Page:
As soon as the old detective starts talking about buying a boat and all the fish he’s going to catch, or what the view will be like from his back window when he retires, you pretty much know he’s not gonna make it. Or maybe he will, but not without taking a bullet in the gut first just to psych you out. It’s not because he’s not a good guy – in fact he’s often the most genuinely decent, likeable character. It’s because life isn’t fair, and bad guys are only clearly bad if they hurt good people. And, like a bad boyfriend/girlfriend, the movie wants to hurt you so it can be the one to make you feel better. Continue reading…
Posted August 2, 2007
Despite being a rapacious reader of just about everything, during my formative years I managed to miss any number of writers who are the bedrock of their particular genres. For instance, I read Terry Brooks long before Tolkien (and yes, I’m aware of the gravity of that mistake). I didn’t discover Diana Wynne Jones until my mid-twenties, around about the same time I found Georgette Heyer. Another standard bearer I missed during my younger years, one who had a huge impact on many Romance writers who followed her, is Mary Stewart.
Born in 1916, Mary Florence Elinor Rainbow was a trendsetter in many ways. In a time when higher education was possible, though not terribly popular, for women, she received her BA in 1938, and her MA in 1941. She was an Observer during WWII, and for many years taught at the high school and university level. She married Frederick Stewart in 1945, and shortly after that, began to pursue writing as a serious career.
She wrote more than twenty novels, more than two-thirds of which were huge international best-sellers. Not all were Romance — or ‘Romantic Suspense’, as they would be called today (ie: romances that are also mysteries). In fact, Stewart is almost more famous for her Arthurian saga, which consists of The Crystal Cave, The Hollow Hills, The Last Enchantment, and The Wicked Day. She followed those four up much later with The Prince And The Pilgrim. Oddly enough, though I love Stewart’s work, I’ve never read any of these. It’s not personal: I run an F & SF specialty bookstore, and had to bar all things Arthur for the sake of my sanity. But if I ever come out from behind that barricade, Stewart’s take on the Matter of Britain will be what I turn to first.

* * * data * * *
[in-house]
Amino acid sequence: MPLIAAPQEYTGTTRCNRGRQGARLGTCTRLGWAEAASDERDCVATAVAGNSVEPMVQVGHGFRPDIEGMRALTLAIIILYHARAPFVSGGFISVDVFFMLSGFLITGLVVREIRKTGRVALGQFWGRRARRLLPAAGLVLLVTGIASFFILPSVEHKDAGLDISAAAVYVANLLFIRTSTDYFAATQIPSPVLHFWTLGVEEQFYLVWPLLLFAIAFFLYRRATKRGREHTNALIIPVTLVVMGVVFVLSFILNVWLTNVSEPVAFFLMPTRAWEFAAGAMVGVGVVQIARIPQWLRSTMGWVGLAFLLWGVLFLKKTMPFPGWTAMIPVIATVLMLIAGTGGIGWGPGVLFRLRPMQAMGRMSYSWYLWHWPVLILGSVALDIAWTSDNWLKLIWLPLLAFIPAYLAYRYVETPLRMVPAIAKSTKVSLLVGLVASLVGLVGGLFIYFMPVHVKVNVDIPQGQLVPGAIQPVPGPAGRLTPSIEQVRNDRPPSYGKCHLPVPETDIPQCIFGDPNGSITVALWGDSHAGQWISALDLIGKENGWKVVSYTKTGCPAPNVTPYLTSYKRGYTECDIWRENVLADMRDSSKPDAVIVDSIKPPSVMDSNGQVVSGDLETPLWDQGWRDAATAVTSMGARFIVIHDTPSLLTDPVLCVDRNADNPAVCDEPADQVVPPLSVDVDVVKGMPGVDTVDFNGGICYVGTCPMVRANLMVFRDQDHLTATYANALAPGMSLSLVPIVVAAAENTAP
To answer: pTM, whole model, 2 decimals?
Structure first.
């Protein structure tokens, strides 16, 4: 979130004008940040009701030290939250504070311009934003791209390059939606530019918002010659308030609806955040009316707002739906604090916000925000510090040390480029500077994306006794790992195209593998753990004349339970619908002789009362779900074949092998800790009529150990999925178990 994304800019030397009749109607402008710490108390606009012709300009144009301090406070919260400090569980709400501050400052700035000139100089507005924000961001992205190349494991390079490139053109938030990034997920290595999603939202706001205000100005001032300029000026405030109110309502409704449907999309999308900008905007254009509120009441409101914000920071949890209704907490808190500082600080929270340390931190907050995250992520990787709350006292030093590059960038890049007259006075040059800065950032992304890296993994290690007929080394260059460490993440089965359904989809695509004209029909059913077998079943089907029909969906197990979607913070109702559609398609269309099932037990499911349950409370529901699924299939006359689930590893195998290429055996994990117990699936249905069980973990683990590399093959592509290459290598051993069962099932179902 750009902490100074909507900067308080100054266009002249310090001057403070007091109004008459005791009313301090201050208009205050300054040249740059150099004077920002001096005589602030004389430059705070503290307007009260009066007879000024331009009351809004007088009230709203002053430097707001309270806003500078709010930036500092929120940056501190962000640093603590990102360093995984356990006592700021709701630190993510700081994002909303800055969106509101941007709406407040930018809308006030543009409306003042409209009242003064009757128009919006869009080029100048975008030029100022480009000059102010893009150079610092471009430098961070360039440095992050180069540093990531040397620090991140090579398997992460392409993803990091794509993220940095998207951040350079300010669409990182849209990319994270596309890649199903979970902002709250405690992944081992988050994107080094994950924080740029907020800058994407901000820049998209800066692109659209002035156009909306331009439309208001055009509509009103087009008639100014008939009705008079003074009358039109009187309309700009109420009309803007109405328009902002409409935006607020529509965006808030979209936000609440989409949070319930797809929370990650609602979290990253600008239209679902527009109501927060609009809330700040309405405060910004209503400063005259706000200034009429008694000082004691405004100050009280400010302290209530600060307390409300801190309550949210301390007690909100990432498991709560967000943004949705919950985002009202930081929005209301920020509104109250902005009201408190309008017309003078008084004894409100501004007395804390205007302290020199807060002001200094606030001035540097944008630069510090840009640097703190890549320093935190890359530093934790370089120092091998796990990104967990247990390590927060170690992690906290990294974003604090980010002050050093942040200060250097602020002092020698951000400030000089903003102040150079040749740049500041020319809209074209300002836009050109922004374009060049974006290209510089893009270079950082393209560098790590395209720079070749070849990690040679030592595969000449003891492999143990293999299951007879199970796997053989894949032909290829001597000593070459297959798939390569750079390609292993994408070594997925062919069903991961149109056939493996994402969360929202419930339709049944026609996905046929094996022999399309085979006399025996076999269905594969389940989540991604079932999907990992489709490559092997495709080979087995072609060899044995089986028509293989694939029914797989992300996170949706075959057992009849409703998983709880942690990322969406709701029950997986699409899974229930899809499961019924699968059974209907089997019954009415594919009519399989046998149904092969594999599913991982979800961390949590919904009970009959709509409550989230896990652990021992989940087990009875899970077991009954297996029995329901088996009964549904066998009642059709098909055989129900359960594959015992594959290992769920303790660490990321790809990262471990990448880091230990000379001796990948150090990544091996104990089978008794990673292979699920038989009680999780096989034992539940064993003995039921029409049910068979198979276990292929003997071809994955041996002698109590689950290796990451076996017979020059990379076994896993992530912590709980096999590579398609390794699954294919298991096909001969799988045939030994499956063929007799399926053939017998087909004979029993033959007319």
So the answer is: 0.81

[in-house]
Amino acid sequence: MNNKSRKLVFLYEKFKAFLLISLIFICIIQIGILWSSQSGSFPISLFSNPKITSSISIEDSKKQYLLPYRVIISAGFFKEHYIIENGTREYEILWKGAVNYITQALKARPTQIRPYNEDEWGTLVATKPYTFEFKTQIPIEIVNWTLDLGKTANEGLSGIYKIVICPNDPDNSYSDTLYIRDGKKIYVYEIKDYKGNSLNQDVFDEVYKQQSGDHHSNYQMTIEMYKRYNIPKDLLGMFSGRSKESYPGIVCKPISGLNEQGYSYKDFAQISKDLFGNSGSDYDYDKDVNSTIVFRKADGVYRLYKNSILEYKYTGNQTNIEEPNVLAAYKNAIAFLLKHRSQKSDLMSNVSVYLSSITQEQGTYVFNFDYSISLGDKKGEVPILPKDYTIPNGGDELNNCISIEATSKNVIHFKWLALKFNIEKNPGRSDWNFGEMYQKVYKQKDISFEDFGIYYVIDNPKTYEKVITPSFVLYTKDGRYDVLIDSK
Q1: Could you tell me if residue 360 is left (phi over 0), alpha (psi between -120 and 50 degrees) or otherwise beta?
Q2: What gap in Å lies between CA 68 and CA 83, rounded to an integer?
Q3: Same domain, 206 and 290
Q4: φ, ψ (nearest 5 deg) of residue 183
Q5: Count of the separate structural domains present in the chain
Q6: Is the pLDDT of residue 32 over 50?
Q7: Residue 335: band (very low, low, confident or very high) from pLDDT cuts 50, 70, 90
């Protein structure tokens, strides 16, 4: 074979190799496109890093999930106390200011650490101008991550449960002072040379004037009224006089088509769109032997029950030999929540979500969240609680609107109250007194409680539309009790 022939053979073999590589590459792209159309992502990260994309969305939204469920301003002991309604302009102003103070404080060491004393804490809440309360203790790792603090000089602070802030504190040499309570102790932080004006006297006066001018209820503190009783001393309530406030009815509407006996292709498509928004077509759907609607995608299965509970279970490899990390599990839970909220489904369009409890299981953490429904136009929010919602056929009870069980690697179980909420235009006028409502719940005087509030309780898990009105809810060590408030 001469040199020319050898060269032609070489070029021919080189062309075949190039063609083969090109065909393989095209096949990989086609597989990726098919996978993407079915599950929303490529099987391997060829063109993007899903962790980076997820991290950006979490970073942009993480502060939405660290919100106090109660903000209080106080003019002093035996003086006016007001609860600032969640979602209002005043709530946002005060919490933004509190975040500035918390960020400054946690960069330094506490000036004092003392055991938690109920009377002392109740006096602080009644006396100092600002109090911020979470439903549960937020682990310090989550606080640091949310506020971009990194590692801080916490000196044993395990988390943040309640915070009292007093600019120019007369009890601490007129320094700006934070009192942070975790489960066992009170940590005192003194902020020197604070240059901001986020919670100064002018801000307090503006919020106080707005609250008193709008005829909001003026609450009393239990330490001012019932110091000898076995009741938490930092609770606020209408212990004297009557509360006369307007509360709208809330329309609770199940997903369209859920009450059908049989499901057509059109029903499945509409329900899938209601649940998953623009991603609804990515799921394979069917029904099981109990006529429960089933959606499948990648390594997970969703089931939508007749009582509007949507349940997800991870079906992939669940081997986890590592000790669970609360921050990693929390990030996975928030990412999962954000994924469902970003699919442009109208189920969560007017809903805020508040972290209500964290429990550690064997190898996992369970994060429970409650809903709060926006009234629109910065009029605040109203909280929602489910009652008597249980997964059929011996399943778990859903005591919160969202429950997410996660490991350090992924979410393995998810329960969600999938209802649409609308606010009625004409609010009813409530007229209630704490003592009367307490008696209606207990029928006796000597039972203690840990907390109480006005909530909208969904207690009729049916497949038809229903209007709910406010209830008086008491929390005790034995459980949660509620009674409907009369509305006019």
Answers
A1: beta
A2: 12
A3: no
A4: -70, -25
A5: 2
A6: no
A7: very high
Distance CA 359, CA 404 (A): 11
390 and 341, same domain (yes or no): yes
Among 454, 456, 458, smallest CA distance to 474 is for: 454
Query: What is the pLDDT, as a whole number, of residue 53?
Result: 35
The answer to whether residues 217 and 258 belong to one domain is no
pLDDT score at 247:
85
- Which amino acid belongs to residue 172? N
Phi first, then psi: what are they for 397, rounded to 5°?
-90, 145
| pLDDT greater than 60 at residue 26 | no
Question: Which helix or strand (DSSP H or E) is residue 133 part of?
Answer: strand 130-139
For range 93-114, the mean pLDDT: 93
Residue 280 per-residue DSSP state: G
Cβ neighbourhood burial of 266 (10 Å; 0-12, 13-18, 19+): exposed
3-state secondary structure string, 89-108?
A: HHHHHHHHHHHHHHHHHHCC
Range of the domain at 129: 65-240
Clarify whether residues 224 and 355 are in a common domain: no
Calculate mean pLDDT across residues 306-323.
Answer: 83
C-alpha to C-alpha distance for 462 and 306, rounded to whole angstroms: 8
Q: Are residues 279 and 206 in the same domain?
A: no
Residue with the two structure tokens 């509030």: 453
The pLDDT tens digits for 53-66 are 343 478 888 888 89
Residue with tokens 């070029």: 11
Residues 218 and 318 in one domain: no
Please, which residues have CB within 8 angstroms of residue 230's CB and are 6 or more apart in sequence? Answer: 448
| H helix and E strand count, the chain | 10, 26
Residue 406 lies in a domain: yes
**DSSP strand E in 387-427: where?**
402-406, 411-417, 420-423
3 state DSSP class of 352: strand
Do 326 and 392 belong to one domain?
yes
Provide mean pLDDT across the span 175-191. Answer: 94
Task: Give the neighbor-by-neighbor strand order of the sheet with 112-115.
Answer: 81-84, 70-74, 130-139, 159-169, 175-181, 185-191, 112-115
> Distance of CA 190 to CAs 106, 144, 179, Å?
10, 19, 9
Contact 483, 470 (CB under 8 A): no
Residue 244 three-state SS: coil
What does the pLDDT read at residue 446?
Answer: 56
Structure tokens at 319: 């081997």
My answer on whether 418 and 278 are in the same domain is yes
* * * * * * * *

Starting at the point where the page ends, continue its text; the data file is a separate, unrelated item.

The books I love best are the ones Stewart wrote in the 50s and 60s. They tend to be about young(ish) educated women, who are out making their ways in the world. Her heroines all have real lives: they have bills to pay; they’re interested in travel, education and opportunity. But one of the things Stewart’s strongest skill is her ability to capture atmosphere. She was one of those women, and it’s evident. A thorough understanding and acceptance of the daily privations of life in post-war England runs through her early works, and with it, that sense of gleeful joy when those privations are eased.
Several of Stewart’s books are set in the UK, but others are set across the wider European stage. A few take place on the Greek islands, and though some of her ruminations on the nature of the immutable Greek ‘character’ would cause fits in students of post-colonial post-modernism, she has a near-perfect touch with description. When I discovered Stewart, I was not long returned from an extended stay in the Greek Islands, and reading This Rough Magic, My Brother Michael, and Moonspinners instantly transported me back. Moonspinners, by the way, was made into a movie. Sadly, the studio was Disney, and the film stars Haley Mills, so I haven’t quite worked up the nerve to watch it.
I find it very difficult to choose a favourite among Stewart’s novels, but Airs Above The Ground is a perennial front-runner. Drugs, spies, a circus and the fabulous Lipizzan horses of the famed Spanish Riding School all come together in a delightful road-trip of a tale through rural Austria. It’s also unusual in that the heroine has sex. Okay, yes, with her husband, and it happens off the page, but still! It marks a distinct departure from the strictures of the times. Stewart certainly wasn’t the first person to put sex in her books, but she normalized it. Even more importantly, without graphic or explicit language, she made sex mutally enjoyable.
Mary Stewart epitomizes the voice of her generation: educated, thoughtful and forthright, with the sense of being both forward-looking and aware of the past that is particular to those who lived through WWII. The fantastically pulp nature of her cover art is a brilliant contrast to the deliciously crisp nature of her prose. For millions of readers, many of whom went on to become writers, she opened up the world.
Chris Szego’s degree was more heavily flavoured with post-colonial post-modernism that she would have liked, which is why she now runs a bookstore.